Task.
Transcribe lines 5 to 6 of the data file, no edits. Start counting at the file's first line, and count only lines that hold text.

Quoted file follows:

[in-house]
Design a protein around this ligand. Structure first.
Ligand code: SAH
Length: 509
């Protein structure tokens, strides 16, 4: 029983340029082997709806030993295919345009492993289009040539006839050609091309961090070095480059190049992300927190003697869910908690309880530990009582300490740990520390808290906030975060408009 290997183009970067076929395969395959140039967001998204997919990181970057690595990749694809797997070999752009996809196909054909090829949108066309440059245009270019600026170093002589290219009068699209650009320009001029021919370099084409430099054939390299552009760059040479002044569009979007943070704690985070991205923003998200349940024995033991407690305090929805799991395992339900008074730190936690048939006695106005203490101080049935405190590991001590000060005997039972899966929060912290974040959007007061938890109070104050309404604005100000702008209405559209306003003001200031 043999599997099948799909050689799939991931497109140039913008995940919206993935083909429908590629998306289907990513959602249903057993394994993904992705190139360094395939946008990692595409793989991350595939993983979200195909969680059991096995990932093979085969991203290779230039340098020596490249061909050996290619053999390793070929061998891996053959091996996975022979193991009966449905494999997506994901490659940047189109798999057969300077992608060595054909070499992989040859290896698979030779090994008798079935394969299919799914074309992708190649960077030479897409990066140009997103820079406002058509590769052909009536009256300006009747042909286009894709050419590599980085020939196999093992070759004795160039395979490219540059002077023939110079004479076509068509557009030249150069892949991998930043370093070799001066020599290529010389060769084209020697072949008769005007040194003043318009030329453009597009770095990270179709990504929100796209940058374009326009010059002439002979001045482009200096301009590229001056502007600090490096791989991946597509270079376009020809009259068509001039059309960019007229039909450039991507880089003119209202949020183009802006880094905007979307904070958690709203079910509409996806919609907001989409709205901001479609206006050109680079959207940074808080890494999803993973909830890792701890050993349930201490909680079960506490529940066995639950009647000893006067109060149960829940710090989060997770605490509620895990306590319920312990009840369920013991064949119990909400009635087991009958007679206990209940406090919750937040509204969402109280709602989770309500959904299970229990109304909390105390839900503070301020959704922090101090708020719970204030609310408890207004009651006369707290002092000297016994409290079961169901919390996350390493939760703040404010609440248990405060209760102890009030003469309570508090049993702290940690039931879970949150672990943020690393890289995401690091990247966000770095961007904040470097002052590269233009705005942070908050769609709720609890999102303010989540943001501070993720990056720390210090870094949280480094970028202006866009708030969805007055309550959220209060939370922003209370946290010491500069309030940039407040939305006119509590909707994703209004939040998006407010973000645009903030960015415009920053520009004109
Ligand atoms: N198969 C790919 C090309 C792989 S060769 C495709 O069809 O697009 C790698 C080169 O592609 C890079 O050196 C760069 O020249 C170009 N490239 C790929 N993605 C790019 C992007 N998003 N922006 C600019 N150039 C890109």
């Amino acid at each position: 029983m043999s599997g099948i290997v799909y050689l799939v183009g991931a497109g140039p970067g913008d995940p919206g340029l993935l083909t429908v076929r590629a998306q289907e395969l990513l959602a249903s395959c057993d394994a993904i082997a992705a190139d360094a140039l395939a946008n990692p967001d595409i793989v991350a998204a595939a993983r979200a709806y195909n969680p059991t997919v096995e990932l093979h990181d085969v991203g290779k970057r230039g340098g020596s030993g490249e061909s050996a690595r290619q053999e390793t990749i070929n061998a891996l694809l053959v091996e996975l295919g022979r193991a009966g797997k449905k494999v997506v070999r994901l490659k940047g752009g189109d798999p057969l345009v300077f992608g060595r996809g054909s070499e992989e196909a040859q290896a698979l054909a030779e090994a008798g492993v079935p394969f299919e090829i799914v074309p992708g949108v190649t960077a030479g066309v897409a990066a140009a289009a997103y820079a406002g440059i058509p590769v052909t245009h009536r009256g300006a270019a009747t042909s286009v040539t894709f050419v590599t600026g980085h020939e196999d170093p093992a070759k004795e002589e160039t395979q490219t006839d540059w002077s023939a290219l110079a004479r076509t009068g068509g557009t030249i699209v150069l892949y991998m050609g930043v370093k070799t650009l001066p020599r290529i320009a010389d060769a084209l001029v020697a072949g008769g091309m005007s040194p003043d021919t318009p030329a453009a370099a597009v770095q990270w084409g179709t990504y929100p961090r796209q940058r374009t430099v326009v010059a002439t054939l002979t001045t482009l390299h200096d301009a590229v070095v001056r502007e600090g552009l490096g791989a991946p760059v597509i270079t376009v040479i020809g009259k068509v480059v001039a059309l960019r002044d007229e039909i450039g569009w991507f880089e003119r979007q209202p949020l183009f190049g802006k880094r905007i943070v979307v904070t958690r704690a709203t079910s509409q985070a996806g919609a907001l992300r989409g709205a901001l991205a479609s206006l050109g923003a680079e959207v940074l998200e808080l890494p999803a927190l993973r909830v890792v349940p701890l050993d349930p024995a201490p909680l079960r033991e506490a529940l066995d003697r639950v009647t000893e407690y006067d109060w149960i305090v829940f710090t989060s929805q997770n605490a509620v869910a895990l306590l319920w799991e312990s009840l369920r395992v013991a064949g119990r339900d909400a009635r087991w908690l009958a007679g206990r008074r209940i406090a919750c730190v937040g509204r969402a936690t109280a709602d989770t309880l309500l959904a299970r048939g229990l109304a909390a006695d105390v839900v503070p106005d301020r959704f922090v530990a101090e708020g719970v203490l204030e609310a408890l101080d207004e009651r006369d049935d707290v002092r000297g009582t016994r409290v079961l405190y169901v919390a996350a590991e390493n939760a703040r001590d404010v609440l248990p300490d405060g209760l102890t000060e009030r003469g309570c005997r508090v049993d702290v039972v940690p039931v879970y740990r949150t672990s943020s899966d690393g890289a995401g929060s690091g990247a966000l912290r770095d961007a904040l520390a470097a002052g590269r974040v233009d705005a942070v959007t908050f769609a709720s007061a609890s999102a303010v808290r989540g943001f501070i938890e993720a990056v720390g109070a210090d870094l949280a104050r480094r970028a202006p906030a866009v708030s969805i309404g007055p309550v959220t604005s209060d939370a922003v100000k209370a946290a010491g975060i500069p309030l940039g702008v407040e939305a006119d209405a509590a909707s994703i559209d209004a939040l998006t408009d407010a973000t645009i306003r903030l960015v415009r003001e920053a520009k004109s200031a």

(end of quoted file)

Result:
């Protein structure tokens, strides 16, 4: 029983340029082997709806030993295919345009492993289009040539006839050609091309961090070095480059190049992300927190003697869910908690309880530990009582300490740990520390808290906030975060408009 290997183009970067076929395969395959140039967001998204997919990181970057690595990749694809797997070999752009996809196909054909090829949108066309440059245009270019600026170093002589290219009068699209650009320009001029021919370099084409430099054939390299552009760059040479002044569009979007943070704690985070991205923003998200349940024995033991407690305090929805799991395992339900008074730190936690048939006695106005203490101080049935405190590991001590000060005997039972899966929060912290974040959007007061938890109070104050309404604005100000702008209405559209306003003001200031 043999599997099948799909050689799939991931497109140039913008995940919206993935083909429908590629998306289907990513959602249903057993394994993904992705190139360094395939946008990692595409793989991350595939993983979200195909969680059991096995990932093979085969991203290779230039340098020596490249061909050996290619053999390793070929061998891996053959091996996975022979193991009966449905494999997506994901490659940047189109798999057969300077992608060595054909070499992989040859290896698979030779090994008798079935394969299919799914074309992708190649960077030479897409990066140009997103820079406002058509590769052909009536009256300006009747042909286009894709050419590599980085020939196999093992070759004795160039395979490219540059002077023939110079004479076509068509557009030249150069892949991998930043370093070799001066020599290529010389060769084209020697072949008769005007040194003043318009030329453009597009770095990270179709990504929100796209940058374009326009010059002439002979001045482009200096301009590229001056502007600090490096791989991946597509270079376009020809009259068509001039059309960019007229039909450039991507880089003119209202949020183009802006880094905007979307904070958690709203079910509409996806919609907001989409709205901001479609206006050109680079959207940074808080890494999803993973909830890792701890050993349930201490909680079960506490529940066995639950009647000893006067109060149960829940710090989060997770605490509620895990306590319920312990009840369920013991064949119990909400009635087991009958007679206990209940406090919750937040509204969402109280709602989770309500959904299970229990109304909390105390839900503070301020959704922090101090708020719970204030609310408890207004009651006369707290002092000297016994409290079961169901919390996350390493939760703040404010609440248990405060209760102890009030003469309570508090049993702290940690039931879970949150672990943020690393890289995401690091990247966000770095961007904040470097002052590269233009705005942070908050769609709720609890999102303010989540943001501070993720990056720390210090870094949280480094970028202006866009708030969805007055309550959220209060939370922003209370946290010491500069309030940039407040939305006119509590909707994703209004939040998006407010973000645009903030960015415009920053520009004109
Ligand atoms: N198969 C790919 C090309 C792989 S060769 C495709 O069809 O697009 C790698 C080169 O592609 C890079 O050196 C760069 O020249 C170009 N490239 C790929 N993605 C790019 C992007 N998003 N922006 C600019 N150039 C890109």